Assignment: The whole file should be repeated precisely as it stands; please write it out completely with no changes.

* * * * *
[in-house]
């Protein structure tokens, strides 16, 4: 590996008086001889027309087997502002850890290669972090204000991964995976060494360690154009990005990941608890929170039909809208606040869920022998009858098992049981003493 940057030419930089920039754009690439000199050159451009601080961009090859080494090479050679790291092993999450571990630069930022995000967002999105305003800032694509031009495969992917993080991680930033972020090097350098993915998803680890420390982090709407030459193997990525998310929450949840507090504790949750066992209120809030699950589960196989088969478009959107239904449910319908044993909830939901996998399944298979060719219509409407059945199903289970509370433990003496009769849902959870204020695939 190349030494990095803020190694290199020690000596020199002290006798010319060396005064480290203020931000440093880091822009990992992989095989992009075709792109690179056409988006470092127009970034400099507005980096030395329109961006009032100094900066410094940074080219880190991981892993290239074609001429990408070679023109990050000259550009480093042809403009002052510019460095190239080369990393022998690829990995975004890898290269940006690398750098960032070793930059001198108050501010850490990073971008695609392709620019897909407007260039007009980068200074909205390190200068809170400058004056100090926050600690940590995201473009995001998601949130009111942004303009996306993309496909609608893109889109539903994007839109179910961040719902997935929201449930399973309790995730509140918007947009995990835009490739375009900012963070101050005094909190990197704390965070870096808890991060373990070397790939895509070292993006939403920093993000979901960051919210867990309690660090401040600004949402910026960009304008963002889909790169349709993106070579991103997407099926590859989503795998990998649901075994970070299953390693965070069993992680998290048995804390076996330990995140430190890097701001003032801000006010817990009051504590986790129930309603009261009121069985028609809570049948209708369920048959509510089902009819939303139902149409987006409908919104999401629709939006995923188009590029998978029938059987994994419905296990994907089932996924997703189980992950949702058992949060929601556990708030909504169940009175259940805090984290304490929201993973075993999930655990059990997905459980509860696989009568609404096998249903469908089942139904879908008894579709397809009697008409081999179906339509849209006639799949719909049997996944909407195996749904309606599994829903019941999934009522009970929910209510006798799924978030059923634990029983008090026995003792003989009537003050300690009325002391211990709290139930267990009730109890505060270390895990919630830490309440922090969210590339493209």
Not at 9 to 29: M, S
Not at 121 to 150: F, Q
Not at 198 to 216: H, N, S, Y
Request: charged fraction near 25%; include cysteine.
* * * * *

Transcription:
[in-house]
């Protein structure tokens, strides 16, 4: 590996008086001889027309087997502002850890290669972090204000991964995976060494360690154009990005990941608890929170039909809208606040869920022998009858098992049981003493 940057030419930089920039754009690439000199050159451009601080961009090859080494090479050679790291092993999450571990630069930022995000967002999105305003800032694509031009495969992917993080991680930033972020090097350098993915998803680890420390982090709407030459193997990525998310929450949840507090504790949750066992209120809030699950589960196989088969478009959107239904449910319908044993909830939901996998399944298979060719219509409407059945199903289970509370433990003496009769849902959870204020695939 190349030494990095803020190694290199020690000596020199002290006798010319060396005064480290203020931000440093880091822009990992992989095989992009075709792109690179056409988006470092127009970034400099507005980096030395329109961006009032100094900066410094940074080219880190991981892993290239074609001429990408070679023109990050000259550009480093042809403009002052510019460095190239080369990393022998690829990995975004890898290269940006690398750098960032070793930059001198108050501010850490990073971008695609392709620019897909407007260039007009980068200074909205390190200068809170400058004056100090926050600690940590995201473009995001998601949130009111942004303009996306993309496909609608893109889109539903994007839109179910961040719902997935929201449930399973309790995730509140918007947009995990835009490739375009900012963070101050005094909190990197704390965070870096808890991060373990070397790939895509070292993006939403920093993000979901960051919210867990309690660090401040600004949402910026960009304008963002889909790169349709993106070579991103997407099926590859989503795998990998649901075994970070299953390693965070069993992680998290048995804390076996330990995140430190890097701001003032801000006010817990009051504590986790129930309603009261009121069985028609809570049948209708369920048959509510089902009819939303139902149409987006409908919104999401629709939006995923188009590029998978029938059987994994419905296990994907089932996924997703189980992950949702058992949060929601556990708030909504169940009175259940805090984290304490929201993973075993999930655990059990997905459980509860696989009568609404096998249903469908089942139904879908008894579709397809009697008409081999179906339509849209006639799949719909049997996944909407195996749904309606599994829903019941999934009522009970929910209510006798799924978030059923634990029983008090026995003792003989009537003050300690009325002391211990709290139930267990009730109890505060270390895990919630830490309440922090969210590339493209």
Not at 9 to 29: M, S
Not at 121 to 150: F, Q
Not at 198 to 216: H, N, S, Y
Request: charged fraction near 25%; include cysteine.